Mexico’s aggressive stance on immigration has led to reports from migrants of harassment, abuse and extortion from migratory officers in Mexico.
In late January, Nicolas, a 23-year-old Venezuelan migrant whose real name we’re withholding for fear of retribution, took a flight from Colombia to Mexico City with the aim of making it to the U.S.
He alleges that abuses by Mexican migration officials began immediately after he landed (Aztec Reports could not verify his account). According to him, the police arbitrarily detained him upon entry, and an officer attempted to extort him for the USD $1,000 he was carrying in cash.
Later, on a 10-hour bus ride north from Mexico City to Monterrey, the police stopped the bus on three different occasions, targeting only migrants and demanding money while threatening to hand them over to migration authorities.
In early February, Nicolas crossed the border into Texas with the assistance of a coyote (migrant smuggler), where he turned himself in to U.S. immigration authorities. He was allegedly detained for one day and then expelled back to Mexico under Title 42.
At the immigrant detention center in the Mexican town of Piedras Negras, Nicolas slept in a small cell with 70 other migrants, where he said he was underfed and given just one bottle of water per day.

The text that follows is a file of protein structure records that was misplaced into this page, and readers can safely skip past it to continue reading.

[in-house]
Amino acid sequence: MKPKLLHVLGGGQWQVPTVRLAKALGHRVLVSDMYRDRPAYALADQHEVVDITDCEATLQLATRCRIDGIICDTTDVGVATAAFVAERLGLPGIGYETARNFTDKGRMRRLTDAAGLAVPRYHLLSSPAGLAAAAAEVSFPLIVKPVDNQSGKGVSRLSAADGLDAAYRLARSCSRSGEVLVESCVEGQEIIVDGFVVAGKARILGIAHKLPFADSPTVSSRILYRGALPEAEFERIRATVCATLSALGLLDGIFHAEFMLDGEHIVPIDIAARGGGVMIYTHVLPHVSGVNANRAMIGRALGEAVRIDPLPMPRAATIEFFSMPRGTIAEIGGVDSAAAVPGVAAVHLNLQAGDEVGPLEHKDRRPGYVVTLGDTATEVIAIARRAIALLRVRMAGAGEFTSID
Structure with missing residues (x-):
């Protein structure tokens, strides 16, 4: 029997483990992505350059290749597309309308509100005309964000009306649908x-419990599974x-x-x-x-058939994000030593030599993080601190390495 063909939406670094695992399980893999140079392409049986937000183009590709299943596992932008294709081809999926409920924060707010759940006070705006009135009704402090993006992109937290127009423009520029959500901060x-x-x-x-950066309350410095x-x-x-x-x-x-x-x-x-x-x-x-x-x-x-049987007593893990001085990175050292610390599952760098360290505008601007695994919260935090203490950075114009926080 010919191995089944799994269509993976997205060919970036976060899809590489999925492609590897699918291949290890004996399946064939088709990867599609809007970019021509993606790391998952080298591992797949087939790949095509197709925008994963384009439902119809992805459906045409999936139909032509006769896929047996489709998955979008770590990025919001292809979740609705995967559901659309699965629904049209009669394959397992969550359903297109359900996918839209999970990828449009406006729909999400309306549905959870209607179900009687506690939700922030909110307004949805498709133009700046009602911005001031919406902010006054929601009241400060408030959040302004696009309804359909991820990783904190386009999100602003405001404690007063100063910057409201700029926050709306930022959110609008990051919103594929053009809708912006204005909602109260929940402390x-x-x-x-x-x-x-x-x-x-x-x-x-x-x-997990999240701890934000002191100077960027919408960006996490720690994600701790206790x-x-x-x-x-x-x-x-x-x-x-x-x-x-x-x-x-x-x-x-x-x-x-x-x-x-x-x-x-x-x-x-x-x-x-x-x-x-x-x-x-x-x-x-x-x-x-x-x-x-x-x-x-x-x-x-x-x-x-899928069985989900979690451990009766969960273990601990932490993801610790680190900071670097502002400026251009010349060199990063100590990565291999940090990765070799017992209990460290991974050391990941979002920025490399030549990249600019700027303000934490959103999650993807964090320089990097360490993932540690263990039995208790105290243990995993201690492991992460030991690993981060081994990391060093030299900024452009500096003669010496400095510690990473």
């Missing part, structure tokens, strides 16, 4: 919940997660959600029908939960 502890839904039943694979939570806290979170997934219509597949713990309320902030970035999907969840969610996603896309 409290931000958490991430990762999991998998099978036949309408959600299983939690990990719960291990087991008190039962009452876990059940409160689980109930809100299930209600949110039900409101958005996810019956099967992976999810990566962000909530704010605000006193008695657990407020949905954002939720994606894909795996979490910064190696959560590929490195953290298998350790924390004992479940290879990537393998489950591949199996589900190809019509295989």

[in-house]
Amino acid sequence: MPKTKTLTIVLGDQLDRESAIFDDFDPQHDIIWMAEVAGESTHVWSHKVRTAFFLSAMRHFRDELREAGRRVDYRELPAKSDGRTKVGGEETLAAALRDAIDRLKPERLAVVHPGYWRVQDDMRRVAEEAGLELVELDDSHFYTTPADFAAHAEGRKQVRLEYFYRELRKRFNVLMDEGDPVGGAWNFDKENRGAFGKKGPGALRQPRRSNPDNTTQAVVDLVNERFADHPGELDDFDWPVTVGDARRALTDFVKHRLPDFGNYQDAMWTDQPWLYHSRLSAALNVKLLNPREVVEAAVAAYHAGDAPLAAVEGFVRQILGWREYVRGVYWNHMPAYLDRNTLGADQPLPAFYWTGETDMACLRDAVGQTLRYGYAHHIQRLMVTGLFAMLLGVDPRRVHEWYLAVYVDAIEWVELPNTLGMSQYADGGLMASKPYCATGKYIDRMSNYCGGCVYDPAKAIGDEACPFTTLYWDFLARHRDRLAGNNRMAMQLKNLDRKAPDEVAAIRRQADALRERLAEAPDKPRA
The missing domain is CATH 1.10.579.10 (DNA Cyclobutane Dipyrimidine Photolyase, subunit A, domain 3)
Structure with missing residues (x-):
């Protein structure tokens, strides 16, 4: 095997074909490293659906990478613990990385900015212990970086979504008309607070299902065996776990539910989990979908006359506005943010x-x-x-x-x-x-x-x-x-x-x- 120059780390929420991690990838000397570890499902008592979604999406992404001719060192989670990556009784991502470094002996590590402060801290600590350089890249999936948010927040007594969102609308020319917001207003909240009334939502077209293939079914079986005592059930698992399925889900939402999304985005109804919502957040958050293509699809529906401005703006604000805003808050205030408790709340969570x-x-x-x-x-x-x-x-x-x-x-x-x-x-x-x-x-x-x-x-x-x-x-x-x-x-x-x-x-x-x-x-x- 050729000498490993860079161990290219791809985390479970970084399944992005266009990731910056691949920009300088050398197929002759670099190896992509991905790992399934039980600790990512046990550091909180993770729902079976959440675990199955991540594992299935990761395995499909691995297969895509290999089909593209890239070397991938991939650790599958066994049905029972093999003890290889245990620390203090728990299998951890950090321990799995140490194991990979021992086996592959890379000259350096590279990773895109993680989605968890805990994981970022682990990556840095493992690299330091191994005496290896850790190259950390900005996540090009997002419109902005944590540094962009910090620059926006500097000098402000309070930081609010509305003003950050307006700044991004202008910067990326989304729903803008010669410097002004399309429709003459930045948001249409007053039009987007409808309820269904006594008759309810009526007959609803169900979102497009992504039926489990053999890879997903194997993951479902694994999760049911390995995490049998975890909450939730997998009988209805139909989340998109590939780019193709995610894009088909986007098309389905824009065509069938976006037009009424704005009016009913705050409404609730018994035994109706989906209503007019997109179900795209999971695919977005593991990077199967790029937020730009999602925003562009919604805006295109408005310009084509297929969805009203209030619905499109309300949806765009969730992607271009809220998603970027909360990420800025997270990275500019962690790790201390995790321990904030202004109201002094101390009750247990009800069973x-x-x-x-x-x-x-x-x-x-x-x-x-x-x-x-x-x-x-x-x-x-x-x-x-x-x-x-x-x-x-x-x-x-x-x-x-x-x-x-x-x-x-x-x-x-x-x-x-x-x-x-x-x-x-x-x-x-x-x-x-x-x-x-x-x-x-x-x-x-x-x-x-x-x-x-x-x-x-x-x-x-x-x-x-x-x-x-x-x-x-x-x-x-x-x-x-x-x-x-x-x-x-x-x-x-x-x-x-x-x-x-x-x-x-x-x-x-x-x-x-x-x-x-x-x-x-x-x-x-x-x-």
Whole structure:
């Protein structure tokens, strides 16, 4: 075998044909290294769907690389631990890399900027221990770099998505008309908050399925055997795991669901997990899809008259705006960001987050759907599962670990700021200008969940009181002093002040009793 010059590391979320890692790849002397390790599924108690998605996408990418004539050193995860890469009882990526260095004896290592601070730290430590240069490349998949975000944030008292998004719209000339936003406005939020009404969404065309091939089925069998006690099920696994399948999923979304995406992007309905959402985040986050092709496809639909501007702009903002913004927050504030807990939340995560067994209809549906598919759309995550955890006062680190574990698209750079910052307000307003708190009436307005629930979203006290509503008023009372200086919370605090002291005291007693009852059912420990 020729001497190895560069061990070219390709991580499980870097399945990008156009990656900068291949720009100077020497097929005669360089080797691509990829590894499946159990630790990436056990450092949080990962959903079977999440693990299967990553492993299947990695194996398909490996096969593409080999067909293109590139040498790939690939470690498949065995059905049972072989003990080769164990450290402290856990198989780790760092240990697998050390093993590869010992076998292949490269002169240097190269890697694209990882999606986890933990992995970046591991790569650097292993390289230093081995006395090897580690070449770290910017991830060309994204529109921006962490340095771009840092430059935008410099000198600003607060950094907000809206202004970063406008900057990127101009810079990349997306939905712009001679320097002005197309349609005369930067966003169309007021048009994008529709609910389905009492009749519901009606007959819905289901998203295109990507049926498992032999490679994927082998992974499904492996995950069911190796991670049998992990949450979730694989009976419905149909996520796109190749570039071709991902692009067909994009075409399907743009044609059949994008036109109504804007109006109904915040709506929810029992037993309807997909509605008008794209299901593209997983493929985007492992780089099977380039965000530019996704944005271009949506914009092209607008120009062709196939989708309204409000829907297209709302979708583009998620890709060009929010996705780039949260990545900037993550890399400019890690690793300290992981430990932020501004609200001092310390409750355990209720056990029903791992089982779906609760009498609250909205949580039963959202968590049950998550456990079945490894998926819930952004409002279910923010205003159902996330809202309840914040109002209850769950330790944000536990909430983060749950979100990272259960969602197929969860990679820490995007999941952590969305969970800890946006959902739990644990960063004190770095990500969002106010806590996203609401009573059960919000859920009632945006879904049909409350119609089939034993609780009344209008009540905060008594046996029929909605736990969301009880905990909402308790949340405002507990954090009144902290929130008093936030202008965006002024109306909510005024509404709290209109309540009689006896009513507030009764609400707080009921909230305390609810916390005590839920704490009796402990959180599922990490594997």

Nicolas said he witnessed verbal abuse by guards, including the use of the racial slur “wetback,” as well as phsyical violence against migrant detainees.
“For example, someone complained because he could not sleep and had to sleep sitting up, and he was beaten,” Nicolas told Aztec Reports. “And then [other migrants] complained that there was no mattress, no space, that some people who were sick there were going to die, and so they complained about that and got beat afterward. Then there was one who was beaten up for smoking a cigarette.”
Nicolas is currently in Toluca, working as a waiter. He’s refused to apply for asylum in Mexico as reaching the U.S. is still his main goal. However, he shared cautionary words for fellow Venezuelan migrants looking to enter the U.S.
“There are people who come through the jungle, and I would tell these people not to risk their lives … because entry into the U.S. is not guaranteed as it used to be,” he said.
Venezuelans seeking asylum in Mexico
In June of last year, the United Nations High Commissioner for Refugees (UNHCR) reported that Mexico had become the world’s third largest destination for asylum seekers, behind Germany and the U.S.
According to data from the Mexican Commission for Refugee Aid (COMAR), Venezuelans are the third-largest group of asylum seekers in Mexico with 1,988 petitions in February. This is a relatively low figure when compared to Haiti, which topped the list with 8,215 asylum petitions, and Honduras, with 5,780.
“We’re seeing a build up of Venezuelan migrants on the U.S.-Mexico border who have not been able to benefit from [the U.S. migration program]. And I think that’s an illustration that while this is a welcome program, this doesn’t go far enough in ensuring Venezuelans’ right to come to the United States to seek protection,” he said.
For Salazar, the 30-year-old traveling with her boyfriend, staying in Mexico is not an option. Currently, they’re living in a shelter in Metepec, a small municipality on the outskirts of Toluca, in central Mexico.
“Staying here [in Mexico] is not an option. I’ve lost so much weight here that I’m like a feather! I’m in such a condition that if my mom sees me, she starts crying,” she said.